Two days ago, the Twitter Terms Of Service has been updated. This update provides some additional information about advertising, ownership of Tweets and more. One thing that did call my attention was that Twitter says that our Tweets, despite belonging to us, are also for them to “use, copy, reproduce, process, adapt, modify, publish, transmit, display and distribute”, because that’s what they do. I have to admit that I was not very familiar with their terms and that said, here is the update published on Twitter’s blog, reproduced in its entirety:
At the start, critics often said, “Twitter is fun, but it’s not useful.” At one point @ev responded dryly with, “Neither is ice cream.” Things have come a long way in a short time. We recognized potential early but users and platform developers would demonstrate how much more Twitter could be. Fostering an open and increasingly important network is not as easily dismissed as it once was—but it’s still fun!
Now that we know more about how Twitter is being used, we’ve made changes to our Terms of Service—these are the basic rules that go along with using Twitter. The revisions more appropriately reflect the nature of Twitter and convey key issues such as ownership. For example, your tweets belong to you, not to Twitter. With these revisions, we expect some discussion so here are a few highlights from the updated page.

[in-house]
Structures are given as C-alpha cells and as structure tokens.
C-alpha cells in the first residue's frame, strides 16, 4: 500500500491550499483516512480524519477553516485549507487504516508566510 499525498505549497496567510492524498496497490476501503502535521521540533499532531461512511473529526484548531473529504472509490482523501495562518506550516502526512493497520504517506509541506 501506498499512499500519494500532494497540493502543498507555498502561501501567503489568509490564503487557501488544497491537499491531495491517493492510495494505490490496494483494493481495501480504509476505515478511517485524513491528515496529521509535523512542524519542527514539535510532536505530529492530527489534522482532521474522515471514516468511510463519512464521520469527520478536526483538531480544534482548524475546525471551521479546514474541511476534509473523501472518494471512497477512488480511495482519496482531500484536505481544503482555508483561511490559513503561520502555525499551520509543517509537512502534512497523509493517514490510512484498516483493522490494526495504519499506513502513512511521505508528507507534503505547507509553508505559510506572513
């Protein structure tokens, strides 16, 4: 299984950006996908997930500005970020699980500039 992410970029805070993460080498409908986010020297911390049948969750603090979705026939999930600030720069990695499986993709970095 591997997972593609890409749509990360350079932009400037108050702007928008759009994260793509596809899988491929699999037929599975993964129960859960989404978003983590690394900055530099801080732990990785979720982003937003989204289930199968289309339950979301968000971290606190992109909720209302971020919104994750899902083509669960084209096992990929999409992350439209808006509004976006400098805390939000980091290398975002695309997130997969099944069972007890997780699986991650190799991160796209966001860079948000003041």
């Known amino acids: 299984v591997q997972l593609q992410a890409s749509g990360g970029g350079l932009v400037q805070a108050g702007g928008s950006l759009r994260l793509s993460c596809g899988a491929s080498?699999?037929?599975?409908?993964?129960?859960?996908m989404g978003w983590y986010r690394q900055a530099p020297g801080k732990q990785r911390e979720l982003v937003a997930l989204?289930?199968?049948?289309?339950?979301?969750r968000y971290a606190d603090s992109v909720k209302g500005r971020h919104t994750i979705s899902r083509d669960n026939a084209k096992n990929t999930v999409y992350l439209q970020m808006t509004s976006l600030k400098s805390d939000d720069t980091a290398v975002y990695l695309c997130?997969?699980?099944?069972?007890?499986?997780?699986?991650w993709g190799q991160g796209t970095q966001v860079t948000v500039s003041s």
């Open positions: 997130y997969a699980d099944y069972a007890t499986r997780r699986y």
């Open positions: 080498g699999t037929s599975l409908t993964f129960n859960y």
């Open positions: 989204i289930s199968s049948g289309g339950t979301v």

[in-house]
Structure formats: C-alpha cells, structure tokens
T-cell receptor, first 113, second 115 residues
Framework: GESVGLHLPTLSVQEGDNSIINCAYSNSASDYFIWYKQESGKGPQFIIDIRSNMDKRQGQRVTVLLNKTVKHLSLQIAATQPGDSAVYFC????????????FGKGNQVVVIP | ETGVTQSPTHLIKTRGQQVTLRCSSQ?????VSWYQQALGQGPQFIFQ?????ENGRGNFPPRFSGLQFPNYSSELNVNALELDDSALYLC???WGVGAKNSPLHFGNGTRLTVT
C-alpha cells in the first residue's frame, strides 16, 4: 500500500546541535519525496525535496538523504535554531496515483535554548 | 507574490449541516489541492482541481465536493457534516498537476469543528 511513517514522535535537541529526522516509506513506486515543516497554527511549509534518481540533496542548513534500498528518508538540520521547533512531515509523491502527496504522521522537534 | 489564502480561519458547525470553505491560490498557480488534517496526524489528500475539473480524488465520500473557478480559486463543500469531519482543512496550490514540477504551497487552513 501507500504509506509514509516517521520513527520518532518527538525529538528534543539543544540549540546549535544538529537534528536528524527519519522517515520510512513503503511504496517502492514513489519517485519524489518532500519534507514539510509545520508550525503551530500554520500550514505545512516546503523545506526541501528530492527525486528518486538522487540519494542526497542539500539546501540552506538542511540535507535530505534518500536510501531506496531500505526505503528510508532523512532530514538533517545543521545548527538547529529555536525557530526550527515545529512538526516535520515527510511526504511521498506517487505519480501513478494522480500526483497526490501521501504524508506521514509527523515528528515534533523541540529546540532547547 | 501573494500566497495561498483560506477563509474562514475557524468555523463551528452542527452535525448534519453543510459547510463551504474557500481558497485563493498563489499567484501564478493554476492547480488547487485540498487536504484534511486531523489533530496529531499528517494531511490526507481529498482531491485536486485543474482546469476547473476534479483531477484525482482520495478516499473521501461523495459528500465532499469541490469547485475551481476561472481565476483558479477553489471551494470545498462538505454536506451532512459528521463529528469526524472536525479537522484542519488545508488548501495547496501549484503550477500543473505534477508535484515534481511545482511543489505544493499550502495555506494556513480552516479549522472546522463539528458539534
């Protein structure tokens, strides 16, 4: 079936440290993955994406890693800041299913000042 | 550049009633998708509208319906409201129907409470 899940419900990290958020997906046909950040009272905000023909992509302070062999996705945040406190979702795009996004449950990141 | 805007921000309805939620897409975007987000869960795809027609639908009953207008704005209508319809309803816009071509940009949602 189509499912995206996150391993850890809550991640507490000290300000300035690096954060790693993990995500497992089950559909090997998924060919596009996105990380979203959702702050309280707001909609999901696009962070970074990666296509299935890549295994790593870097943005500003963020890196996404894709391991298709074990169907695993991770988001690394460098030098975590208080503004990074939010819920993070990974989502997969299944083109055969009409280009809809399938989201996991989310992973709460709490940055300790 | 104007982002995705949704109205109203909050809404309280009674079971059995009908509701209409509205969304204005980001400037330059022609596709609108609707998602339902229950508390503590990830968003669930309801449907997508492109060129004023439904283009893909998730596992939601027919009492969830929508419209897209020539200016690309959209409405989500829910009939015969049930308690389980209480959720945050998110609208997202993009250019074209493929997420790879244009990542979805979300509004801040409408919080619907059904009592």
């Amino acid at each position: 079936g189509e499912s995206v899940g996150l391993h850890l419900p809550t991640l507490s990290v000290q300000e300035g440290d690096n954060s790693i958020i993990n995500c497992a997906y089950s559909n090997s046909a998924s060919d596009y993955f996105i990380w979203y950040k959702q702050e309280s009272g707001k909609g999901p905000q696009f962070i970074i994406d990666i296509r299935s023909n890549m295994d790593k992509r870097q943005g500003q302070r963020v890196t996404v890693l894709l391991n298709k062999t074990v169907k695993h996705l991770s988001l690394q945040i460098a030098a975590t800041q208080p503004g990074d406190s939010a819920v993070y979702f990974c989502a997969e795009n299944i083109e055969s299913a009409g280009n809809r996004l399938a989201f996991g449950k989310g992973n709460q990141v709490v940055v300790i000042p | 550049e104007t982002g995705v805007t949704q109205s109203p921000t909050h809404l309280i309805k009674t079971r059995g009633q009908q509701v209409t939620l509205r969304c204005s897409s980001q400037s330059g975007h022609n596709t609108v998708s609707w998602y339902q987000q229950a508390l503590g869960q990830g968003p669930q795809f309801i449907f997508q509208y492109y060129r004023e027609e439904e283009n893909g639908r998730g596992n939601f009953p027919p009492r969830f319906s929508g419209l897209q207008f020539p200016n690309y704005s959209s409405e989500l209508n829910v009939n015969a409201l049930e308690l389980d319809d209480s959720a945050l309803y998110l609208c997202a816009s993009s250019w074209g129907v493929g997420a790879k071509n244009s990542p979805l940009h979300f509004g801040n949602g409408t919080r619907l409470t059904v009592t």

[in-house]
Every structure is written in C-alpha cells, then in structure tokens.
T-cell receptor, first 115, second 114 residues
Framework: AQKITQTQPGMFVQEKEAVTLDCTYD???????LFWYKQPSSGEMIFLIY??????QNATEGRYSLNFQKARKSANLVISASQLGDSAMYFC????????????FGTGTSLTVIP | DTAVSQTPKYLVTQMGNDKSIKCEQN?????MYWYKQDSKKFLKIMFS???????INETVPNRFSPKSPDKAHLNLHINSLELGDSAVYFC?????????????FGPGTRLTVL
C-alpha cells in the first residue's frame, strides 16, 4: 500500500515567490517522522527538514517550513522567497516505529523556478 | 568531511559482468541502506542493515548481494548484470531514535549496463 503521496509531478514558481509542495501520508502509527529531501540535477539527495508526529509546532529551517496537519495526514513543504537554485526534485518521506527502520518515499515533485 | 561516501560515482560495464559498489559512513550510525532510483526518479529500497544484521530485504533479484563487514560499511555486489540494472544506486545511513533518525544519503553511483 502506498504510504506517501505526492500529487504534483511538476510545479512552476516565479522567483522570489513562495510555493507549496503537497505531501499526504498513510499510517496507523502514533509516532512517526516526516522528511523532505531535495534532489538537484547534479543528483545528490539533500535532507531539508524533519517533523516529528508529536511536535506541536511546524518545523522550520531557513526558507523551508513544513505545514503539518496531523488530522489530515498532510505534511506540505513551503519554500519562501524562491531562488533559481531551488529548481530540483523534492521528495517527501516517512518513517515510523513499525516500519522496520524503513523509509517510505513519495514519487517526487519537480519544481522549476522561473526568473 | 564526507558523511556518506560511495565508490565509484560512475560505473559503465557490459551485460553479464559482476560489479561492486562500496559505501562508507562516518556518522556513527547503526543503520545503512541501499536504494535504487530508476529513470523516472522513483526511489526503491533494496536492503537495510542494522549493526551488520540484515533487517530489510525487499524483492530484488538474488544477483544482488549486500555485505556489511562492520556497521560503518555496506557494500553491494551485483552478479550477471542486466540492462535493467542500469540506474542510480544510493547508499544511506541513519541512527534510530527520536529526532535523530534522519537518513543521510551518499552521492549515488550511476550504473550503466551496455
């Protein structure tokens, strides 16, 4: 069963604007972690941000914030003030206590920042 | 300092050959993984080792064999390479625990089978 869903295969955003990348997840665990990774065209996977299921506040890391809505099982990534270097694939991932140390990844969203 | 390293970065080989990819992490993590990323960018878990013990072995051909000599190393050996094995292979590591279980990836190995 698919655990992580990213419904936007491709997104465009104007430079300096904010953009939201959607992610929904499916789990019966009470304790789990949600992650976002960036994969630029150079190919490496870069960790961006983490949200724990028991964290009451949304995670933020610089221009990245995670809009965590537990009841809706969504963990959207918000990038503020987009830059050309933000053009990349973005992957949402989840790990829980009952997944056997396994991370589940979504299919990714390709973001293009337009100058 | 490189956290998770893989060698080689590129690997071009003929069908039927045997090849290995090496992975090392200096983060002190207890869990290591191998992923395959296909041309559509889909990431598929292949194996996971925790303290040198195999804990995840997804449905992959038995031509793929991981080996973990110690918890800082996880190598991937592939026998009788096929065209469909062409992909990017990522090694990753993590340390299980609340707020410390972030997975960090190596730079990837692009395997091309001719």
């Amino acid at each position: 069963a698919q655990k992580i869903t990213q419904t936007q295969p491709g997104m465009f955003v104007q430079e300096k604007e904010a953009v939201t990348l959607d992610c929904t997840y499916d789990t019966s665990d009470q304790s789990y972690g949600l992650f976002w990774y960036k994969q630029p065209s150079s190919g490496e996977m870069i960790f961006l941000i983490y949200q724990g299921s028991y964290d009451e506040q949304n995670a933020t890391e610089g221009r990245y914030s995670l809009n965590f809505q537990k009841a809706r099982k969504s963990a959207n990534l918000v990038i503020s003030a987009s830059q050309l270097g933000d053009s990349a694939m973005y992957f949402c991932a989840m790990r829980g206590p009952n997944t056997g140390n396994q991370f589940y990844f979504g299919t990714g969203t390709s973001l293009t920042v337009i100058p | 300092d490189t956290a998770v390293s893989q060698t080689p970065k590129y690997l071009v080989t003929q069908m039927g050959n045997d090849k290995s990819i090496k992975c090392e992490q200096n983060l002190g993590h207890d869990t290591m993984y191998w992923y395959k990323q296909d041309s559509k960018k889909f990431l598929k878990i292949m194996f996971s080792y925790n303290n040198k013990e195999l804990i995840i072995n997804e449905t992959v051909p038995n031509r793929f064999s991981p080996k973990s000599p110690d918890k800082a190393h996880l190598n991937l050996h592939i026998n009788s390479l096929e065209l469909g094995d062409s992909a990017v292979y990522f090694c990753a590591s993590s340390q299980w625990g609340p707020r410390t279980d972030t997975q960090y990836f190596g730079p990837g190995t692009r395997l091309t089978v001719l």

Advertising — In the Terms, we leave the door open for advertising. We’d like to keep our options open as we’ve said before.
Ownership — Twitter is allowed to “use, copy, reproduce, process, adapt, modify, publish, transmit, display and distribute” your tweets because that’s what we do. However, they are your tweets and they belong to you.
APIs — The apps that have grown around the Twitter platform are flourishing and adding value to the ecosystem. You authorize us to make content available via our APIs. We’re also working on guidelines for use of the API.
SPAM — Abusive behavior and spam is also outlined in these terms according to the rules we’ve been operating under for some time.
These updates complement the spirit of Twitter. If we’ve left something out, or the nature of the service changes, then we’ll revisit the Terms—there’s a feedback link on the page. We’re in the process of sending an email about the revisions now. It’s important that everyone who tweets, develops apps, or is simply interested in Twitter understands that it’s not about the technology, it’s about how we all use the service that matters most.
So, what do you think? Have you learned something new with this updated Twitter Terms of Service? What do you think about Twitter opening its doors for advertisng?